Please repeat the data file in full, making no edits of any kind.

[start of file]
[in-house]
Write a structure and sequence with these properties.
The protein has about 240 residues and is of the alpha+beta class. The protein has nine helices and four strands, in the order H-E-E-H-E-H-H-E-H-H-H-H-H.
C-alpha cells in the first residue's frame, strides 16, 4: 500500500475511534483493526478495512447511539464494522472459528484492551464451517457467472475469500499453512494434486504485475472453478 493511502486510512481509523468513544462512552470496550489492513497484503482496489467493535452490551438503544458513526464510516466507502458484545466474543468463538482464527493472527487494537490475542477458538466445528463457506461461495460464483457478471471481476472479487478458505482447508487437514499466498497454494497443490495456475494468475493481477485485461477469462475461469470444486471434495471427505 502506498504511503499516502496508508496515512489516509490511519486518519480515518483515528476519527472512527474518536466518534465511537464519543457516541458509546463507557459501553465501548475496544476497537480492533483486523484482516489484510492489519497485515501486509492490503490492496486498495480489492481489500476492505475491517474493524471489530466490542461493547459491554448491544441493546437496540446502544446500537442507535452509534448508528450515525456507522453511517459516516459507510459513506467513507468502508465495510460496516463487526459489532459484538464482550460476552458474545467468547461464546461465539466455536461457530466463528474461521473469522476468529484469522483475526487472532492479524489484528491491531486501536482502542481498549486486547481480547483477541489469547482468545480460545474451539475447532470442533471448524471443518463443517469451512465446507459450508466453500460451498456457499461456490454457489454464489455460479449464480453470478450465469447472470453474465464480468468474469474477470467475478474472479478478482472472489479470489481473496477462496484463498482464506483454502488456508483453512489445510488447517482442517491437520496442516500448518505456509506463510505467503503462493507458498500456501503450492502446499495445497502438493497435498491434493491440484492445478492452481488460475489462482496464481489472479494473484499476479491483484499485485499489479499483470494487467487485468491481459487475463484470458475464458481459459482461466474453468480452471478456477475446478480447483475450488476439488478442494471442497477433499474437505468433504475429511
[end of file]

[in-house]
Write a structure and sequence with these properties.
The protein has about 240 residues and is of the alpha+beta class. The protein has nine helices and four strands, in the order H-E-E-H-E-H-H-E-H-H-H-H-H.
C-alpha cells in the first residue's frame, strides 16, 4: 500500500475511534483493526478495512447511539464494522472459528484492551464451517457467472475469500499453512494434486504485475472453478 493511502486510512481509523468513544462512552470496550489492513497484503482496489467493535452490551438503544458513526464510516466507502458484545466474543468463538482464527493472527487494537490475542477458538466445528463457506461461495460464483457478471471481476472479487478458505482447508487437514499466498497454494497443490495456475494468475493481477485485461477469462475461469470444486471434495471427505 502506498504511503499516502496508508496515512489516509490511519486518519480515518483515528476519527472512527474518536466518534465511537464519543457516541458509546463507557459501553465501548475496544476497537480492533483486523484482516489484510492489519497485515501486509492490503490492496486498495480489492481489500476492505475491517474493524471489530466490542461493547459491554448491544441493546437496540446502544446500537442507535452509534448508528450515525456507522453511517459516516459507510459513506467513507468502508465495510460496516463487526459489532459484538464482550460476552458474545467468547461464546461465539466455536461457530466463528474461521473469522476468529484469522483475526487472532492479524489484528491491531486501536482502542481498549486486547481480547483477541489469547482468545480460545474451539475447532470442533471448524471443518463443517469451512465446507459450508466453500460451498456457499461456490454457489454464489455460479449464480453470478450465469447472470453474465464480468468474469474477470467475478474472479478478482472472489479470489481473496477462496484463498482464506483454502488456508483453512489445510488447517482442517491437520496442516500448518505456509506463510505467503503462493507458498500456501503450492502446499495445497502438493497435498491434493491440484492445478492452481488460475489462482496464481489472479494473484499476479491483484499485485499489479499483470494487467487485468491481459487475463484470458475464458481459459482461466474453468480452471478456477475446478480447483475450488476439488478442494471442497477433499474437505468433504475429511